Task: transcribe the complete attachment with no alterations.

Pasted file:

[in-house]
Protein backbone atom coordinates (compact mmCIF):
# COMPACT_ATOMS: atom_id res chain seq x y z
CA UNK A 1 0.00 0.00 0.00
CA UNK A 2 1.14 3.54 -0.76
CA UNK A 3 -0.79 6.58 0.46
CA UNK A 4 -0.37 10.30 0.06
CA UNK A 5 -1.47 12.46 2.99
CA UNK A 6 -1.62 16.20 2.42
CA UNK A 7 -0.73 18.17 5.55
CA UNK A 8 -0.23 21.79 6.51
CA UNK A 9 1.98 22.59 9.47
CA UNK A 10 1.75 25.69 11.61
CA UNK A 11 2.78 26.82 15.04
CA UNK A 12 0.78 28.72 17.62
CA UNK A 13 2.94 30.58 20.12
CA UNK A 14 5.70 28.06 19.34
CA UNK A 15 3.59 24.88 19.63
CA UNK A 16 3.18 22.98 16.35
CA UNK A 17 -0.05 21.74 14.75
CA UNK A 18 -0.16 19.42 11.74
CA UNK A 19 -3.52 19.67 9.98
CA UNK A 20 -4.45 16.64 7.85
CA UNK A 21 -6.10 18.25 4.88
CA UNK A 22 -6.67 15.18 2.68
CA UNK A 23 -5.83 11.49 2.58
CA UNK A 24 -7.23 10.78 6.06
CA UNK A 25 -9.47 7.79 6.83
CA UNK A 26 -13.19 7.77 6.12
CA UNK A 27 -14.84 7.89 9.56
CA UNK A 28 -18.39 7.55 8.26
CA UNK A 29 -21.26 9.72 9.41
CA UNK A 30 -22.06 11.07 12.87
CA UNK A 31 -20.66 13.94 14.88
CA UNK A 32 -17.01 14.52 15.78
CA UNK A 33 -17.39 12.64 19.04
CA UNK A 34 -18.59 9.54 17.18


[in-house]
Protein backbone atom coordinates (compact mmCIF):
# COMPACT_ATOMS: atom_id res chain seq x y z
CA UNK A 1 0.00 0.00 0.00
CA UNK A 2 1.14 3.54 -0.76
CA UNK A 3 -0.79 6.58 0.46
CA UNK A 4 -0.37 10.30 0.06
CA UNK A 5 -1.47 12.46 2.99
CA UNK A 6 -1.62 16.20 2.42
CA UNK A 7 -0.73 18.17 5.55
CA UNK A 8 -0.23 21.79 6.51
CA UNK A 9 1.98 22.59 9.47
CA UNK A 10 1.75 25.69 11.61
CA UNK A 11 2.78 26.82 15.04
CA UNK A 12 0.78 28.72 17.62
CA UNK A 13 2.94 30.58 20.12
CA UNK A 14 5.70 28.06 19.34
CA UNK A 15 3.59 24.88 19.63
CA UNK A 16 3.18 22.98 16.35
CA UNK A 17 -0.05 21.74 14.75
CA UNK A 18 -0.16 19.42 11.74
CA UNK A 19 -3.52 19.67 9.98
CA UNK A 20 -4.45 16.64 7.85
CA UNK A 21 -6.10 18.25 4.88
CA UNK A 22 -6.67 15.18 2.68
CA UNK A 23 -5.83 11.49 2.58
CA UNK A 24 -7.23 10.78 6.06
CA UNK A 25 -9.47 7.79 6.83
CA UNK A 26 -13.19 7.77 6.12
CA UNK A 27 -14.84 7.89 9.56
CA UNK A 28 -18.39 7.55 8.26
CA UNK A 29 -21.26 9.72 9.41
CA UNK A 30 -22.06 11.07 12.87
CA UNK A 31 -20.66 13.94 14.88
CA UNK A 32 -17.01 14.52 15.78
CA UNK A 33 -17.39 12.64 19.04
CA UNK A 34 -18.59 9.54 17.18